Forfjord is a fjord on the west side of Hinnøya island in Vesterålen in Northern Norway. Forfjord has about 70 inhabitants and is located 30 kilometers from Sortland and 70 kilometers from Andenes. The name is derived from its pine forest, as "Furu" and "Forra" translates to pine tree.
It has rich resources for small and large game hunters, rivers and mountain lakes attracting sports fishermen from near and afar, and a nature reserve with the oldest living pine trees on record in Northern Europe. Among 1000-year-old living trees, trees still standing have been dated to 830 AD. It is assumed that this forest served as source of timber and tar for viking ships, and there are settlements and burial sites that have not yet been excavated.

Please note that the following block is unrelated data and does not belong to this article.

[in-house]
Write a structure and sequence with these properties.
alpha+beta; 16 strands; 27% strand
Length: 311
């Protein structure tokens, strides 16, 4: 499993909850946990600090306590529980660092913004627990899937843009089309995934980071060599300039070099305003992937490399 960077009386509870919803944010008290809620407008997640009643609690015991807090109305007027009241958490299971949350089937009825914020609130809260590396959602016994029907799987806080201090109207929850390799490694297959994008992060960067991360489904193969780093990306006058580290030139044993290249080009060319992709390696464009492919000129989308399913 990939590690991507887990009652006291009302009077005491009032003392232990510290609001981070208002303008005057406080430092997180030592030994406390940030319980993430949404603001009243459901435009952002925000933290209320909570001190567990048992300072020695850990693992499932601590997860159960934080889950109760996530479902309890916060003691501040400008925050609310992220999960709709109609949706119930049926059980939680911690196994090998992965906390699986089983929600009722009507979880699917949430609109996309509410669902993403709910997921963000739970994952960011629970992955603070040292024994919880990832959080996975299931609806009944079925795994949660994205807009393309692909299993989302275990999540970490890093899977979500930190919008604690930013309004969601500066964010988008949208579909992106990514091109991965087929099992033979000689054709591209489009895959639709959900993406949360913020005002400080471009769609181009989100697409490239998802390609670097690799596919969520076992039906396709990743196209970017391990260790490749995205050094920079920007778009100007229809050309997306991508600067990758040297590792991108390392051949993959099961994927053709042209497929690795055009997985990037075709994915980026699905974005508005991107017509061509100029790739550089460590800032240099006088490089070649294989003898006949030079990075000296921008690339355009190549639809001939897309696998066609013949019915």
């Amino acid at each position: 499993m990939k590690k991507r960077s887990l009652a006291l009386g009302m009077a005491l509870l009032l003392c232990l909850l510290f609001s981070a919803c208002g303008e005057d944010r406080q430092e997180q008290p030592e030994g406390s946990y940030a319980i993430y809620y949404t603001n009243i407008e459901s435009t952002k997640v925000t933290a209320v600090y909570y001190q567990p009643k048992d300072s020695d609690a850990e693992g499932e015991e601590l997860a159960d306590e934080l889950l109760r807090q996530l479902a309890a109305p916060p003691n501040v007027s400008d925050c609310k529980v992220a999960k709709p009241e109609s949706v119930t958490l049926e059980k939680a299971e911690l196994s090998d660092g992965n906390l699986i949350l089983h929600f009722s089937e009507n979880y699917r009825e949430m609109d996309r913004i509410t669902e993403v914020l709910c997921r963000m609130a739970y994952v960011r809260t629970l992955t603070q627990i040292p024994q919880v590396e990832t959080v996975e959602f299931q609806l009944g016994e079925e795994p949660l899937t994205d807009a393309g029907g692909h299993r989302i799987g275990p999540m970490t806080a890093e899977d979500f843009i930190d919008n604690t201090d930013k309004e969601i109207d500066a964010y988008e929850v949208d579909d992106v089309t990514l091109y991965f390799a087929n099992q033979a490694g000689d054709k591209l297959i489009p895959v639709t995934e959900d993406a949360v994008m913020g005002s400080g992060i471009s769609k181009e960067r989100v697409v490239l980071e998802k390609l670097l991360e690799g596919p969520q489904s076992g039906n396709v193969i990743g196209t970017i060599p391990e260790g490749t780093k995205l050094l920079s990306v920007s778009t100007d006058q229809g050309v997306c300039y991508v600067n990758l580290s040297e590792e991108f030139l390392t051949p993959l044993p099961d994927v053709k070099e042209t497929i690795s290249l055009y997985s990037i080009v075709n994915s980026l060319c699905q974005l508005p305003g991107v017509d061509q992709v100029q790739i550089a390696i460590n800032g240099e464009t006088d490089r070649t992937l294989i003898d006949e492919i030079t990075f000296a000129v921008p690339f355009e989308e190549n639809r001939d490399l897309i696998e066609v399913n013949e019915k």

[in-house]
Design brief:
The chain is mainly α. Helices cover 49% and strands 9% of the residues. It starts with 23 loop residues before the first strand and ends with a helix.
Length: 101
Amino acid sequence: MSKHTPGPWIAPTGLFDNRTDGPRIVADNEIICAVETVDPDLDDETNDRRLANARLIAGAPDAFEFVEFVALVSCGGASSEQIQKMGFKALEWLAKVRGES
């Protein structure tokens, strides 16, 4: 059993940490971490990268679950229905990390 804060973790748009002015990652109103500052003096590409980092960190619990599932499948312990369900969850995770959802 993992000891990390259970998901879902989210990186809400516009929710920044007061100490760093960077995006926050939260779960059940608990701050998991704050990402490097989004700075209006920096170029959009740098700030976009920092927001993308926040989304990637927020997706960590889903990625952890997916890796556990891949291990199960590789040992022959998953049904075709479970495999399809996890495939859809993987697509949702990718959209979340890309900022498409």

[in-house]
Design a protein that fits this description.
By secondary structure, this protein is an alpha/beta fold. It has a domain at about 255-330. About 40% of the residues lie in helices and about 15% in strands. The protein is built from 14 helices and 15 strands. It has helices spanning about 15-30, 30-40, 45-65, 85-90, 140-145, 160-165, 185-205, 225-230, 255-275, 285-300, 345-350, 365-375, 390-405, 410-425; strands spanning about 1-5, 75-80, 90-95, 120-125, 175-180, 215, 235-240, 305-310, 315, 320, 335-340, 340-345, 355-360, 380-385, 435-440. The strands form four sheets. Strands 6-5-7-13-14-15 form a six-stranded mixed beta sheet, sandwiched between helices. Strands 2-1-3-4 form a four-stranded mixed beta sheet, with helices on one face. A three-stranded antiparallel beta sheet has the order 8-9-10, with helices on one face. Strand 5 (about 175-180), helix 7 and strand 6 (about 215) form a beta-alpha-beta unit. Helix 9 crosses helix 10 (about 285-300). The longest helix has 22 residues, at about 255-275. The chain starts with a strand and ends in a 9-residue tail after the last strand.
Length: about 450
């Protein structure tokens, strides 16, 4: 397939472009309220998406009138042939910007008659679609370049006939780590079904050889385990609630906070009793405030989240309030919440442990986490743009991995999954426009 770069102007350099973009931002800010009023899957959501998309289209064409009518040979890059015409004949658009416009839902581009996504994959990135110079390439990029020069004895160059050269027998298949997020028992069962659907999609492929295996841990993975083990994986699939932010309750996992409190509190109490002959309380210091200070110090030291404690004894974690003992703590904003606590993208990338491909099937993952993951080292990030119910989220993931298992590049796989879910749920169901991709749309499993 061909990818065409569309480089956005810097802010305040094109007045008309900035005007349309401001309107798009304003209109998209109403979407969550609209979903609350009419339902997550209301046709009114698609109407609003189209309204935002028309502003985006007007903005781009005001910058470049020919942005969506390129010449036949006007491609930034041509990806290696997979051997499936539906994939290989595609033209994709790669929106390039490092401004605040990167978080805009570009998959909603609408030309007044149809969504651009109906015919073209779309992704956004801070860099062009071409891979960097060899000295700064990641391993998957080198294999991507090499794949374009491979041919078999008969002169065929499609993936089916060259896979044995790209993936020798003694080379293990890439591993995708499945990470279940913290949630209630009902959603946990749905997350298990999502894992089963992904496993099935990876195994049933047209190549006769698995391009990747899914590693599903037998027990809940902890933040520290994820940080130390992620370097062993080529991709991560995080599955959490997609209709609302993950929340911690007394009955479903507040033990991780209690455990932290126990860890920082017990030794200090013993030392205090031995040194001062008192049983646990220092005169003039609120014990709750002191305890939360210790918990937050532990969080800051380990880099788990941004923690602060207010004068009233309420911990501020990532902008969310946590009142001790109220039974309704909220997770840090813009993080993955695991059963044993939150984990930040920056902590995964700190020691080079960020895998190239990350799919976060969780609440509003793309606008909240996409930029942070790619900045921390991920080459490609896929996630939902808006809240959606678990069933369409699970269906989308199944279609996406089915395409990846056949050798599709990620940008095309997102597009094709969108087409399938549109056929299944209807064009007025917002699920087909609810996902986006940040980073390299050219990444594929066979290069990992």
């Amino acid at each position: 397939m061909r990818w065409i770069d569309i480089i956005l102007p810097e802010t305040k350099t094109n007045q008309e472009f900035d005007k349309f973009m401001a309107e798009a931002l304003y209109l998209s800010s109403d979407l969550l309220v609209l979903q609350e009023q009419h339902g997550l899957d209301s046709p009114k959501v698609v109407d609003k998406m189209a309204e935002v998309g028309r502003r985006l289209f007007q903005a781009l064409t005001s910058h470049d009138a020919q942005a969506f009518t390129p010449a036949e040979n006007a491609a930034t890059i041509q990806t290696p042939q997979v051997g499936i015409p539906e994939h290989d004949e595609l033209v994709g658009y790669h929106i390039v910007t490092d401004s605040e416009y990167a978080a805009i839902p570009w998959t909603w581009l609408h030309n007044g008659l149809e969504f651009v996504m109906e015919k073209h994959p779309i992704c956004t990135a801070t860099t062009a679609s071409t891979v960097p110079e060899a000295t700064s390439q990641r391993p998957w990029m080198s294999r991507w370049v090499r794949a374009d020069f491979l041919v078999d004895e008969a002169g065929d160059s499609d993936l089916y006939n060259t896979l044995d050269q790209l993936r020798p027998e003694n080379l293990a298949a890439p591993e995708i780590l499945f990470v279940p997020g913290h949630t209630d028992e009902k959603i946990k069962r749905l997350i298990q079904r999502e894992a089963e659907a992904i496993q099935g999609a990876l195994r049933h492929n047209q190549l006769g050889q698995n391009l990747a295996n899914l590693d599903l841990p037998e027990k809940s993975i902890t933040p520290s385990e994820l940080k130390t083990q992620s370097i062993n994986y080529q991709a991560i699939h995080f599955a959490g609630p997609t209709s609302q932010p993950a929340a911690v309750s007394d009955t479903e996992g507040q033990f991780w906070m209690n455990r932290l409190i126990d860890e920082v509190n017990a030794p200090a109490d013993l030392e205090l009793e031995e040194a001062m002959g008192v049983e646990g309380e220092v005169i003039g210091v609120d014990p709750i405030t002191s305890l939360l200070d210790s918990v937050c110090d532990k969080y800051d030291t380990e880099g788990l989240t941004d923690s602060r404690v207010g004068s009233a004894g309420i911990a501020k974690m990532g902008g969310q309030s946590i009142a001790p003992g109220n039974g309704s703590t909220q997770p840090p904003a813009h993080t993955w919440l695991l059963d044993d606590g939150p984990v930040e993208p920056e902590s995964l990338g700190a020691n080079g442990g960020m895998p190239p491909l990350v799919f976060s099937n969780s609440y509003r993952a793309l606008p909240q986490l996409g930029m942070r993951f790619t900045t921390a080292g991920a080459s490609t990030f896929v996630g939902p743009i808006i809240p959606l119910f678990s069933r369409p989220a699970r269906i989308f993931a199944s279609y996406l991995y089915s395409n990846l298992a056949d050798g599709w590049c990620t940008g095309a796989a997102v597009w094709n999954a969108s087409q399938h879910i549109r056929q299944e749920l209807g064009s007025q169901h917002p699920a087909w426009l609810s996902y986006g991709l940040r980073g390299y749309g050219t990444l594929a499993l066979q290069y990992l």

Forfjord was the home of Hans Jørgen Furfjord (also known as Hans Jørgensen, Hans Jørnsa), who led the first expedition to stay the winter on Svalbard, to hunt for silver foxes, walruses, seals and polar bears. Skins (from silver foxes in particular), salted meat and animal oils were precious commodities at the time. Items from his expeditions are stored in museums in Tromsø and on Svalbard and he wrote diaries so far only available in Norwegian. Among weather descriptions and catch reports, they contain well-written stories of adventurous European monarchs visiting, him being imprisoned by British soldiers for not supplying them for free, nearly freezing to death and barely surviving polar bear encounters. He died of old age at home in Forfjord, and left behind his wife Elise and 15 children, several of which later emigrated to the United States.